Nike executives and former NFL quarterback Colin Kaepernick should look themselves in the mirror today. Just do it. Look in the mirror and assess what you believe in.
On this day 17 years ago, Americans witnessed the selfless dedication of first responders.
Terrorists flew commercial jets into the Pentagon and the Twin Towers in New York City. Knowing the burning towers were death traps, first responders rushed in with full knowledge they were likely to die. They just did their jobs, without hesitation, knowing they might never see their spouses and children again. They did this so that others might live.
They believed in something other than themselves. It meant sacrificing everything.
When the Twin Towers collapsed, we lost 343 firefighters, eight emergency medical technicians and 61 cops. Including all Sept. 11 attacks, 244 law enforcement officers — of nearly all racial and ethnic backgrounds — died as a direct result of the attacks.
As these officers chose to risk their lives that day, they did so without regard for the religion, nationality, gender, sexual orientation or color of anyone they hoped to save. They did their jobs, mostly for salaries of $50,000 or less.
These are the heroes who keep America safe and prosperous for everyone else.
Talented individuals are free to excel because of first responders. Kaepernick provides the perfect example.
The last time Kaepernick worked in professional football, he played under a contract worth up to $126 million — about 252,000 percent more than the annual wage of the average cop who died on Sept. 11.
When Kaepernick knelt for the flag, starting a trend, he enjoyed a right of expression upheld by cops. When he offends detractors with provocative antics, law enforcement officers ensure his safety. They protect his expensive home, his fancy cars and his other belongings.
Kaepernick has every right to kneel, and fans have every right and reason to respect his stated cause. He objects to a tiny fraction of law enforcement officers who have murdered, abused and committed other atrocities against black people.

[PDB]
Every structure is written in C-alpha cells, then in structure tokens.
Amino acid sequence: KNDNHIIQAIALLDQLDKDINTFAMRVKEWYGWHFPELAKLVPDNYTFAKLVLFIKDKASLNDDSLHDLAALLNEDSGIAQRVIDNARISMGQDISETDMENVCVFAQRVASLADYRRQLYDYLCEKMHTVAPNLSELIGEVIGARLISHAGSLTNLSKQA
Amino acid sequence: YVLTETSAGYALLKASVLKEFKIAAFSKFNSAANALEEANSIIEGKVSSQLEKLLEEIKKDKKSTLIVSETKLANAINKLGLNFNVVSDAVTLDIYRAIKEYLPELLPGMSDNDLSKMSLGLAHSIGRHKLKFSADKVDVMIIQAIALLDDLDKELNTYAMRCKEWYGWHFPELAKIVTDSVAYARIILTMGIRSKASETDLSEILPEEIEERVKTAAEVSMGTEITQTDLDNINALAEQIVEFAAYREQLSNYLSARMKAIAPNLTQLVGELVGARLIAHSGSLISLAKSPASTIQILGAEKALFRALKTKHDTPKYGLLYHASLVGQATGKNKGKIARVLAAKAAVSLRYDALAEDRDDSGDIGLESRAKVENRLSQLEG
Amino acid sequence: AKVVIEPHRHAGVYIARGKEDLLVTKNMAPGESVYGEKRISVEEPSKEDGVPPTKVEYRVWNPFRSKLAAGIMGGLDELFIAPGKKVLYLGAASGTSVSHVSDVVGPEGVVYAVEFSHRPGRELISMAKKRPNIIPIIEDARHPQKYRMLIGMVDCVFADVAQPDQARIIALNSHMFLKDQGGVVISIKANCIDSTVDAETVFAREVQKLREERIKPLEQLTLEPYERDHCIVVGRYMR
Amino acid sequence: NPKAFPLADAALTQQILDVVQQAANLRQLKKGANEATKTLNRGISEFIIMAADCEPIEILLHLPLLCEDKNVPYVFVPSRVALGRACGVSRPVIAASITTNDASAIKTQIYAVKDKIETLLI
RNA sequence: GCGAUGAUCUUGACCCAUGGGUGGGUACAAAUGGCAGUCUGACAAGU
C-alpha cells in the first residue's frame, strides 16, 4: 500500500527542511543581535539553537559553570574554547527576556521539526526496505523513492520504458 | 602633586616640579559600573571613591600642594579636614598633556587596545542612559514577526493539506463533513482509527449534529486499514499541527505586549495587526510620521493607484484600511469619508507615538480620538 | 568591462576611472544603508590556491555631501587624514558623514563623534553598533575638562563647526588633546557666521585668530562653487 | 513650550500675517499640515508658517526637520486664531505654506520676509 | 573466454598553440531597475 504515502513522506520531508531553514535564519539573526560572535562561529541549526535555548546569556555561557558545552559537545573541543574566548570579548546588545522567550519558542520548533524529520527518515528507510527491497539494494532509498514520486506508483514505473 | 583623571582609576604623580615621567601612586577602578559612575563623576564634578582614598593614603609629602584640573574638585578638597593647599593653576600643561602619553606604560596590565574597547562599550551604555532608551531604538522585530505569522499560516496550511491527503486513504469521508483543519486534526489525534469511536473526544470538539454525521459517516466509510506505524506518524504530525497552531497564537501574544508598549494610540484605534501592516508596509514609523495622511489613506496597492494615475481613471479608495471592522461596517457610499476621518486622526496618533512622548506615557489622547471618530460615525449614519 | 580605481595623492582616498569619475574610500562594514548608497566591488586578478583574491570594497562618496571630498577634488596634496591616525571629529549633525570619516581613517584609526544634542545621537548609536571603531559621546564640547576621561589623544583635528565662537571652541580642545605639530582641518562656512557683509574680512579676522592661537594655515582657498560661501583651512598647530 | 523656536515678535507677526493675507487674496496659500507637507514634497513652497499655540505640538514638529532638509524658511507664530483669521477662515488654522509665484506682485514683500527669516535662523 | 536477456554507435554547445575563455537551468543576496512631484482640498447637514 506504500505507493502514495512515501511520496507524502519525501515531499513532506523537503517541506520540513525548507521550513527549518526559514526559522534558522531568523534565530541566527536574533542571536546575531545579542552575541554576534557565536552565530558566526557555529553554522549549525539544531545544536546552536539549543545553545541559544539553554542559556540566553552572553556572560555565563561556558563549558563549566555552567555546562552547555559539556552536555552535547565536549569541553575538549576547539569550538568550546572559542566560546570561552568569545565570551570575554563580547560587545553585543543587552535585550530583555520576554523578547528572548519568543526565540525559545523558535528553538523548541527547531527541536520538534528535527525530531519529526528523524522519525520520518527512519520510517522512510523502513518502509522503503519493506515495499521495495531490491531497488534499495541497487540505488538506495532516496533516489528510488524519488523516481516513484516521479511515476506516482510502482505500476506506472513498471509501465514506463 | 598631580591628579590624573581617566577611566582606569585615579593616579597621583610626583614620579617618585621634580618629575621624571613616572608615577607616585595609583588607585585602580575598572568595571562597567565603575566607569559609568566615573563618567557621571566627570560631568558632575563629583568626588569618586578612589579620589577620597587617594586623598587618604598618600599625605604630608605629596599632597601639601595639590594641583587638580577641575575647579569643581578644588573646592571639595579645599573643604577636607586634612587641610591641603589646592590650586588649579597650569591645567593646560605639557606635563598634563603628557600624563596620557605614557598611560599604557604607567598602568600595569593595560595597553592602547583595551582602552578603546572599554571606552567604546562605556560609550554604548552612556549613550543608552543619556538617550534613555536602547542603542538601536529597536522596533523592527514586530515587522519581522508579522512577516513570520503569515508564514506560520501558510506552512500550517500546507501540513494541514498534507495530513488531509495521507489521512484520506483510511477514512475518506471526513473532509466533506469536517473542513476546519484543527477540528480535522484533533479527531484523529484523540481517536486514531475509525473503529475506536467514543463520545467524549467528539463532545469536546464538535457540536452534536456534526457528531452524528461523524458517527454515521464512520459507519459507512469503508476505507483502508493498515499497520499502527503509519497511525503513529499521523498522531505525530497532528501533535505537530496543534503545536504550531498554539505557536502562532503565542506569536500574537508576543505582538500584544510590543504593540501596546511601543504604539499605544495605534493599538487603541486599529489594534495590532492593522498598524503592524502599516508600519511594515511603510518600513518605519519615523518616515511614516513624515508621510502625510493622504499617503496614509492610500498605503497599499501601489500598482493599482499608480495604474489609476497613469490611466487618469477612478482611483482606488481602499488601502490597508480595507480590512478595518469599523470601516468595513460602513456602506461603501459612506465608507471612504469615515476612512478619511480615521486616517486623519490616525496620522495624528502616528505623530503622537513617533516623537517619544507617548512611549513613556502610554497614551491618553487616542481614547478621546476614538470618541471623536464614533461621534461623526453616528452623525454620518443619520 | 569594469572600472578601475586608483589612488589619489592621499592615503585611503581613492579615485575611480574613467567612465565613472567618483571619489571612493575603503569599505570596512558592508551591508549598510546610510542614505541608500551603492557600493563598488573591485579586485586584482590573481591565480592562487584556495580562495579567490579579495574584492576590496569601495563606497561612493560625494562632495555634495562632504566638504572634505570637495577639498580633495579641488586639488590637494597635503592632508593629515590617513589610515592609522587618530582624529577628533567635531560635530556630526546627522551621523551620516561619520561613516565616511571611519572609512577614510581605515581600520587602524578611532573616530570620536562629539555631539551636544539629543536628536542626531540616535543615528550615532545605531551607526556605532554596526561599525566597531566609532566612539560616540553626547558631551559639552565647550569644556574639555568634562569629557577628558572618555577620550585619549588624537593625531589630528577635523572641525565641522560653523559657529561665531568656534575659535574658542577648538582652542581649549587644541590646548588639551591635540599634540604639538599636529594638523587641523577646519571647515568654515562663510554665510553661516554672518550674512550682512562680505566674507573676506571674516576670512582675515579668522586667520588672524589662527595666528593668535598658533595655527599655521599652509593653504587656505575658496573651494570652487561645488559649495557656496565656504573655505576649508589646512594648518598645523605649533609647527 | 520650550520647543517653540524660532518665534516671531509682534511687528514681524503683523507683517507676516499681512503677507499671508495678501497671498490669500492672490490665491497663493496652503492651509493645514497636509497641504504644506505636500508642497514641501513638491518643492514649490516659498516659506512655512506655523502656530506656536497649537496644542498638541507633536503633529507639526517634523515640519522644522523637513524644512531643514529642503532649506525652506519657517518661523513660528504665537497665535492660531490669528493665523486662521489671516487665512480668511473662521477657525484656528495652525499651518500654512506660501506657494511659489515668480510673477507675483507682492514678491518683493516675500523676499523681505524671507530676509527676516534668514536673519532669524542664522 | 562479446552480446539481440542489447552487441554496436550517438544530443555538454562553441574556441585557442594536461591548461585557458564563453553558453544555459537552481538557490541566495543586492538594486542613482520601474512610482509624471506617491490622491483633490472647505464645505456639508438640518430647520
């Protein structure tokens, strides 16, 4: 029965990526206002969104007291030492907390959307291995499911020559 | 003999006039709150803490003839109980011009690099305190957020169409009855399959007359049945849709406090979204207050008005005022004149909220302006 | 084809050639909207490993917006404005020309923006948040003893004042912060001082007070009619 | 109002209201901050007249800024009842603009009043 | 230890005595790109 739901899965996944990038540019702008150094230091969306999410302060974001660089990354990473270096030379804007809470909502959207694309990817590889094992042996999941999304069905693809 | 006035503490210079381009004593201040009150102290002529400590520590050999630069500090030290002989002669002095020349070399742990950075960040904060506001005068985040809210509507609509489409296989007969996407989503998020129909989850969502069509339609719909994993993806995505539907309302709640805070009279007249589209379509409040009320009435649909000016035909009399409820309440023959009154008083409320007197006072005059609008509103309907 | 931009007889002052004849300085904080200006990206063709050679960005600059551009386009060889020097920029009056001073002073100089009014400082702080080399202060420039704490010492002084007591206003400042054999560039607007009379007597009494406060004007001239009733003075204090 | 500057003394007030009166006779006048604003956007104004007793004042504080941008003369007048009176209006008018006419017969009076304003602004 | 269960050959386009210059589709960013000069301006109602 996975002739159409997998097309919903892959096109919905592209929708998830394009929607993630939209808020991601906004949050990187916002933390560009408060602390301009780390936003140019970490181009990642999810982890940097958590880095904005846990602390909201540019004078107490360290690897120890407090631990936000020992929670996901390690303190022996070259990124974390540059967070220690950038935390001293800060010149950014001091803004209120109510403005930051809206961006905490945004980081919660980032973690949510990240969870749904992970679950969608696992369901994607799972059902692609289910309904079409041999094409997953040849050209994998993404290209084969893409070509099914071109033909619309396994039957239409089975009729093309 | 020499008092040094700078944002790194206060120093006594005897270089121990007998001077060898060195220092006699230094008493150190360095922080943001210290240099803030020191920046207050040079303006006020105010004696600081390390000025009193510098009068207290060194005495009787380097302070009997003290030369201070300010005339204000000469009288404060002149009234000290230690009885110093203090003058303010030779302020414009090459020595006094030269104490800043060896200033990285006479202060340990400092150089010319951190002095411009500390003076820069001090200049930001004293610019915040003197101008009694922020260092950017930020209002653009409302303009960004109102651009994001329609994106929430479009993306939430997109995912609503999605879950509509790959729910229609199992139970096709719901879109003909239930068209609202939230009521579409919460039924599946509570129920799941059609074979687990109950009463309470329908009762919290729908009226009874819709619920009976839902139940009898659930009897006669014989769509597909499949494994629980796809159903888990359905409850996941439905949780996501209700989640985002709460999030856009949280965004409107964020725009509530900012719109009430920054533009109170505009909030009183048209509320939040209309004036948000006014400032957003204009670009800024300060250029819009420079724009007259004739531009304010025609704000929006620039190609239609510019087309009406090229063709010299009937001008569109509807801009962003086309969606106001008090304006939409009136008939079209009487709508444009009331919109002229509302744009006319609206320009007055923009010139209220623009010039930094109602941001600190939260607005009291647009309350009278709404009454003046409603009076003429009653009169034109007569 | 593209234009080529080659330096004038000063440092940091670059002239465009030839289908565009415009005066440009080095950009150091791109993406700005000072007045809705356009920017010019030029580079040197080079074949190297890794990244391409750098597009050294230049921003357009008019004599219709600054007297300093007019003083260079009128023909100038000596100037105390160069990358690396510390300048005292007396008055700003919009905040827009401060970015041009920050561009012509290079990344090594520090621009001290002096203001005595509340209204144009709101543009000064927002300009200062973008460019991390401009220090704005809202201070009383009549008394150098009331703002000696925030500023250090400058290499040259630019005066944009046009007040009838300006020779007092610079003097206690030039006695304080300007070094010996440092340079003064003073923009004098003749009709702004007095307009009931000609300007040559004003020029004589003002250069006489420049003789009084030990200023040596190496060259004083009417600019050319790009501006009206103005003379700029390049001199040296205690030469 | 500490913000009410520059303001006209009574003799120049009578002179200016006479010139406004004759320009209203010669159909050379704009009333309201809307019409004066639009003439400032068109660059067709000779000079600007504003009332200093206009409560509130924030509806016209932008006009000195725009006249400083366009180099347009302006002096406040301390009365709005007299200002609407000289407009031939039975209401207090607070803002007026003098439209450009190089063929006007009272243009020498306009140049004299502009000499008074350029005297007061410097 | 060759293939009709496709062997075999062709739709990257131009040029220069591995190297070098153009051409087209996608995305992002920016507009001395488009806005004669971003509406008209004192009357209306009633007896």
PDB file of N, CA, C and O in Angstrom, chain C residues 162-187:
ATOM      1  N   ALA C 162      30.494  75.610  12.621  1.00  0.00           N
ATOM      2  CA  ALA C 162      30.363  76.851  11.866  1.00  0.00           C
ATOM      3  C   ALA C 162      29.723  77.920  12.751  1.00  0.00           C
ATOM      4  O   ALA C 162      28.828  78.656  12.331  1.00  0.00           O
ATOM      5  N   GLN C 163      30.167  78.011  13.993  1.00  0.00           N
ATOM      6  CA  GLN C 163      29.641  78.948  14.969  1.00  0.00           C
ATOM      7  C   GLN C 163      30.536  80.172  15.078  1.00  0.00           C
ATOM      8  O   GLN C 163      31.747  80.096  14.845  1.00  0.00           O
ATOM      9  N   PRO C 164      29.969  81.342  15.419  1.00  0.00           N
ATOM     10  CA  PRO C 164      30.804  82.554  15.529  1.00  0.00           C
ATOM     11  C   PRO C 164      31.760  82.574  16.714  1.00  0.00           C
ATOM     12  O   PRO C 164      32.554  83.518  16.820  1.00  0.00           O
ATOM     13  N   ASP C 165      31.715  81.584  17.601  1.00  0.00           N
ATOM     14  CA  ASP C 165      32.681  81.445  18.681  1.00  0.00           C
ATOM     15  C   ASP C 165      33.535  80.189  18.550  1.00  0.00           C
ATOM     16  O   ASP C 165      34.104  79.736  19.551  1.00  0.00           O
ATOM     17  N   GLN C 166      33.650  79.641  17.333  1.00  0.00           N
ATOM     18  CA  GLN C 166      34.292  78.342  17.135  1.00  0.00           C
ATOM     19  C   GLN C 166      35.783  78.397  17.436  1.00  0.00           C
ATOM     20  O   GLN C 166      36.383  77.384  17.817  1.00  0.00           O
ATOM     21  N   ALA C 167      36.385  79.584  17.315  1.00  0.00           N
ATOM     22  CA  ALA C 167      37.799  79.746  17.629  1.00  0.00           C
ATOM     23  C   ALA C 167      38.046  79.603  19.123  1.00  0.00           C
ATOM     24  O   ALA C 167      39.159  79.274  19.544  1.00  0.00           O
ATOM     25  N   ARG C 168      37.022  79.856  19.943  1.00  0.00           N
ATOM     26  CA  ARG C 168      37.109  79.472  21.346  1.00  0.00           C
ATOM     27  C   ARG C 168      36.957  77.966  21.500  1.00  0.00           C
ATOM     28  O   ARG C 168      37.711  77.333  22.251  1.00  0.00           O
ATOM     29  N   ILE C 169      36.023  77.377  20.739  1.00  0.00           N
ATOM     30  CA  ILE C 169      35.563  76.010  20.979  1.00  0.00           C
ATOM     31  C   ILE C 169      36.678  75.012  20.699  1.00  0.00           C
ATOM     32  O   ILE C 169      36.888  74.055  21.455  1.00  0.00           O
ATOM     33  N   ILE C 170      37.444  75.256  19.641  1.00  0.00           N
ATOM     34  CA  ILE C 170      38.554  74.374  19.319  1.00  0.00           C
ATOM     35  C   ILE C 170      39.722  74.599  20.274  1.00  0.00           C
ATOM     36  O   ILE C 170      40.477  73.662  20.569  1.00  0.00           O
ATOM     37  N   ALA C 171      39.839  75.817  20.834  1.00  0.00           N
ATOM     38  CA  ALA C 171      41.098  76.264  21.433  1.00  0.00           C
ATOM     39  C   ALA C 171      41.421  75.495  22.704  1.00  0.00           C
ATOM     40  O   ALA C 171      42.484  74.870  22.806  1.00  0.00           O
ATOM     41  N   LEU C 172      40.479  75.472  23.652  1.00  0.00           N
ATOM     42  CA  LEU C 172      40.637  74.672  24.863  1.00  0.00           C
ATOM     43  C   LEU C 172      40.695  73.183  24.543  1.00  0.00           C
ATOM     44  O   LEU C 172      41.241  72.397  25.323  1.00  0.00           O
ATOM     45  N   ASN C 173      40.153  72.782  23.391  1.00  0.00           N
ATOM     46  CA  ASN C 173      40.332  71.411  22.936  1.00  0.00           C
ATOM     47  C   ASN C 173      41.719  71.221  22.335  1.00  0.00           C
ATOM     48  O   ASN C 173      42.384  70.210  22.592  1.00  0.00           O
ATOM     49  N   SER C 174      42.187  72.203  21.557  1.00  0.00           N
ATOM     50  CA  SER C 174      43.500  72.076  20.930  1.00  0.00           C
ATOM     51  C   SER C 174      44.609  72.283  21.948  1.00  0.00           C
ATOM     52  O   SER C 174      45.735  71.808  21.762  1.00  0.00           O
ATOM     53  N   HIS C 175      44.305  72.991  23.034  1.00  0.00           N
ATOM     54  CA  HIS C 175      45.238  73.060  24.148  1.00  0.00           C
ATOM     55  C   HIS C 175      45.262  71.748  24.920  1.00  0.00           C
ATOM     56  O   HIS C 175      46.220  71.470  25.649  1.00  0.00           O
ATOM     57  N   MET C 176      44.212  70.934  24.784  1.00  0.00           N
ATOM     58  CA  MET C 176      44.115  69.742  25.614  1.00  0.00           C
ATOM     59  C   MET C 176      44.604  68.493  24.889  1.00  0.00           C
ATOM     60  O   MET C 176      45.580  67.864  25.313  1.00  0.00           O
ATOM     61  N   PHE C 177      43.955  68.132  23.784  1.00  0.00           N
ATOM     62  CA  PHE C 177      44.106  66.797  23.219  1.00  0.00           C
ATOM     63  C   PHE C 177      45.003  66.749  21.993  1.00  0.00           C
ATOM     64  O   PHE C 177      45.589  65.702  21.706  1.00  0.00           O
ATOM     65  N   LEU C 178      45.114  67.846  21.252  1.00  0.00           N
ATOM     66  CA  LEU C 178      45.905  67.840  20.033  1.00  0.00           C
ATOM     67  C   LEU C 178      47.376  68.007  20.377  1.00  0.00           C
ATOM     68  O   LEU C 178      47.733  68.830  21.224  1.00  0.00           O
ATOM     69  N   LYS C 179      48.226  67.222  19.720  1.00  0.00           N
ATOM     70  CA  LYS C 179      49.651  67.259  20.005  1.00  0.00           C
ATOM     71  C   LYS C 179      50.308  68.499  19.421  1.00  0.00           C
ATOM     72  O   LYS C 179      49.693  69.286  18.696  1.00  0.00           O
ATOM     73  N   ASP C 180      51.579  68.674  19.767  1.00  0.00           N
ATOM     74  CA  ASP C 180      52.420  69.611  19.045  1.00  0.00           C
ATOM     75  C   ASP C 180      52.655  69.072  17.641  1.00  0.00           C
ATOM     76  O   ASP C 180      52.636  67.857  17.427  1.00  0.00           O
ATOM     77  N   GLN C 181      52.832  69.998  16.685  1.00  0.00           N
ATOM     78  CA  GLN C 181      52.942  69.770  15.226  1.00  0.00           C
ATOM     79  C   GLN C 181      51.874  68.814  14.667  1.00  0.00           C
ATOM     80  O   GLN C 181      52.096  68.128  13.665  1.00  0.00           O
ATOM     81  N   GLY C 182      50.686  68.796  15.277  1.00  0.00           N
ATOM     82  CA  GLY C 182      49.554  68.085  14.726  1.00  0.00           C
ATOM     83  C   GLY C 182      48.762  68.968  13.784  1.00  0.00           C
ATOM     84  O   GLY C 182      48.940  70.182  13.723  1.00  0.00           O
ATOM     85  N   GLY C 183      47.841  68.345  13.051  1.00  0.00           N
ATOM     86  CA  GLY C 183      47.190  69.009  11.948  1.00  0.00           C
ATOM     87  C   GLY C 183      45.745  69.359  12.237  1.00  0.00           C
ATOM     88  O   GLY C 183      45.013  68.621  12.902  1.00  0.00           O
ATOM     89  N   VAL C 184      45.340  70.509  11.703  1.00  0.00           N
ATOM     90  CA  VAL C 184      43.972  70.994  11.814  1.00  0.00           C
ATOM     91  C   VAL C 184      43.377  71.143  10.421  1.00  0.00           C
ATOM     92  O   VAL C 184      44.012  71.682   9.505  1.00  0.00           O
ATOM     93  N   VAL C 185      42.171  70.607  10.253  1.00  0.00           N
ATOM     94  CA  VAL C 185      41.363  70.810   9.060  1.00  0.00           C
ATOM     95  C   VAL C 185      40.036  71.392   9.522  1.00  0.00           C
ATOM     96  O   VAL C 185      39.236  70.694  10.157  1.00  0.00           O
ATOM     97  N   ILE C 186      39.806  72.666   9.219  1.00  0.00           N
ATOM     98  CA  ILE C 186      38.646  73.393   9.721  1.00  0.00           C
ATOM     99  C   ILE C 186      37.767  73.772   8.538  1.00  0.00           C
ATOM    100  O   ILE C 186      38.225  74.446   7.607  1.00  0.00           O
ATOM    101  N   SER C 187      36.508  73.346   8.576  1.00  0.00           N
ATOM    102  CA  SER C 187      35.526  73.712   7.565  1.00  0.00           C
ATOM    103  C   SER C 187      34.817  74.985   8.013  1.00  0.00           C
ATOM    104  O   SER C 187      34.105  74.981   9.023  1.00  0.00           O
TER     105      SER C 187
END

It is not the kneeling that makes Kaepernick a sorry choice to represent Nike. It is the socks.
When Nike chose Kaepernick as the symbol of its “Believe in something” ad campaign, the company partnered with a man who believes first responders are animals. He said as much in 2016, by trotting onto the football field with socks depicting police officers as pigs.
“The same league that prohibits the Dallas [Cowboys] football club from honoring the slain officers in their community with their uniforms stands silent when Kaepernick is dishonoring police officers with what he’s wearing on the field,” said Bill Johnson, executive director of the National Association of Police Organizations, as quoted by USA Today.
Kaepernick acknowledged the socks in an Instagram post, as photos of his ankles went viral.
Kaepernick and Nike should hear this loud and clear. Our law enforcement professionals are not pigs. They are brave men and women willing to sacrifice everything for little in return. They do so because they believe in something. They believe in this country and the opportunity it affords talented athletes and the companies making their shoes.
The Gazette Editorial Board